By Paul Homewood
Back from India, Booker picks up on two recent items in today’s column:
How will we keep the lights on without coal?
I did not personally have any horror stories from the recent “Beast from the East” because I was visiting my Indian family in Goa (90F in the shade). But I did note that Britain’s lights were being kept on through those freezing days by our few remaining coal-fired power stations, running flat out to contribute up to a quarter or more of all the electricity the country was using.
Coal-fired power stations: we still need them Credit: Oli Scarff/AFP
Within a few years, we will no longer be using coal at all – even though in 2014 it was still contributing 30 per cent of our electricity. This is because the Government wants to close down all the coal-fired power stations, for causing all that global warming you were lately shivering through. We must put our faith instead in ever more subsidised windmills and solar panels. Yet even last Friday 67 per cent of our power was coming from unsubsidised fossil fuels, and only 11 per cent from “renewables”.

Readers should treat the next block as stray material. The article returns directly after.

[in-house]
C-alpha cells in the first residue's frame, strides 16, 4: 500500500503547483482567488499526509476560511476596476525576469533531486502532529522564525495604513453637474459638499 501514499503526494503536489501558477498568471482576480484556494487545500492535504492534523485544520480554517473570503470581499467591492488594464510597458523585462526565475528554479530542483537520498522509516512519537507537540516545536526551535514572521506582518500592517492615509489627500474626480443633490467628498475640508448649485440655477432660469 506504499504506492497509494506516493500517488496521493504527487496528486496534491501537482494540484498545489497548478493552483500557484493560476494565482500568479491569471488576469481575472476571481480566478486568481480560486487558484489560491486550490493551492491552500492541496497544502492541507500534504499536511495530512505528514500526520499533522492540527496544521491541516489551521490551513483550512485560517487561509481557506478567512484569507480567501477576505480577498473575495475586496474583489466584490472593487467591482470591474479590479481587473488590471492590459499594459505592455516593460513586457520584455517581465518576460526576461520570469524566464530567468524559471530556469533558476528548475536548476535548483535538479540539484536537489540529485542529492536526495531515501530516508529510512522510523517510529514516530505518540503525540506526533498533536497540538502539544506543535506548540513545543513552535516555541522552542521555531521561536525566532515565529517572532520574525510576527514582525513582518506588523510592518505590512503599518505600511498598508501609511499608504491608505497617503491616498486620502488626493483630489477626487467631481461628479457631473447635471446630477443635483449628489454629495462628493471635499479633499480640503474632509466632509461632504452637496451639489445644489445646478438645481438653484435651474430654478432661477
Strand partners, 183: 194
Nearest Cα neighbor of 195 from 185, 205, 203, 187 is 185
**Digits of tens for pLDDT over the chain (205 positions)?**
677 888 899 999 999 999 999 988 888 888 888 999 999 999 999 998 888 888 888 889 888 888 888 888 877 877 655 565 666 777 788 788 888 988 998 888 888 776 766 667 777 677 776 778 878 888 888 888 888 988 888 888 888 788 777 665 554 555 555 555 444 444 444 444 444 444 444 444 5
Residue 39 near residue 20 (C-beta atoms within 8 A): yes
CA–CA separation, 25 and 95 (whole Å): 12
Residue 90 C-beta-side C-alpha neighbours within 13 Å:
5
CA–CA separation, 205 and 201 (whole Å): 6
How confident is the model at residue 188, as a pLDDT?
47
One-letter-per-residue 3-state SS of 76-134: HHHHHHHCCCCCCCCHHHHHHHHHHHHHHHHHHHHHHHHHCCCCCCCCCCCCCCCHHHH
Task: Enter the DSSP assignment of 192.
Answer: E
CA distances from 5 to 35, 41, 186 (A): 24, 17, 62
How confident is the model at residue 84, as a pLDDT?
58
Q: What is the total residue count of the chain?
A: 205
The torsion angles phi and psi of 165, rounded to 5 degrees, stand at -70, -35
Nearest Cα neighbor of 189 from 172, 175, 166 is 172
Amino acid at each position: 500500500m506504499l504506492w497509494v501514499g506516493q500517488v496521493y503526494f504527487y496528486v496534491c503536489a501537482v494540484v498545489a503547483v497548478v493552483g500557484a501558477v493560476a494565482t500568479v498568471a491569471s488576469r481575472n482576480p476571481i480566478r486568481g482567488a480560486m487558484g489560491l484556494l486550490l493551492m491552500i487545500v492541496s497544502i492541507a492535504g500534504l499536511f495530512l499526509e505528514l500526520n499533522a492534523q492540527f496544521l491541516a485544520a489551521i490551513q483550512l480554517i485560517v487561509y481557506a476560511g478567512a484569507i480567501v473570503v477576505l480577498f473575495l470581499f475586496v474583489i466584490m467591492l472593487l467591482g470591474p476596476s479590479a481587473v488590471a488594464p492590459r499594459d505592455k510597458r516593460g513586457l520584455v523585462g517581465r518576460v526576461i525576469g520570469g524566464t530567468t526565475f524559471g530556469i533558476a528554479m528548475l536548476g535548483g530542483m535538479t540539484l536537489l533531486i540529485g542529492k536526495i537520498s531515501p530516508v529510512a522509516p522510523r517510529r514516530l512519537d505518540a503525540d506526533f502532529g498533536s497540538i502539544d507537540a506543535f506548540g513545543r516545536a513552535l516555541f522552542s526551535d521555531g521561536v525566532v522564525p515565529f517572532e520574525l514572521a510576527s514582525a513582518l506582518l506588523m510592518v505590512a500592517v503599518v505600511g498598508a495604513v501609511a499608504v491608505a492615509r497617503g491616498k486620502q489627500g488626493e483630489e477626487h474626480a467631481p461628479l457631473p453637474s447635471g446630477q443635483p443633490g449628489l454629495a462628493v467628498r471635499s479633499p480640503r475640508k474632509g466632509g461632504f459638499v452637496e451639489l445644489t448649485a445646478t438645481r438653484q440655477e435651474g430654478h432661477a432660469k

Without coal, we will have to rely even more on that other fossil fuel, gas. But, under the Government’s latest “capacity market auction”, not a single new gas-fired power station is to be built, to replace those that will also soon be closing. The terrifying fact is that our politicians are so lost in groupthink that not one could begin to explain how we will then be able to keep our lights on.
Currently, coal and gas are supplying 64% of demand, with wind running at just 4%
via NOT A LOT OF PEOPLE KNOW THAT
March 11, 2018 at 08:30AM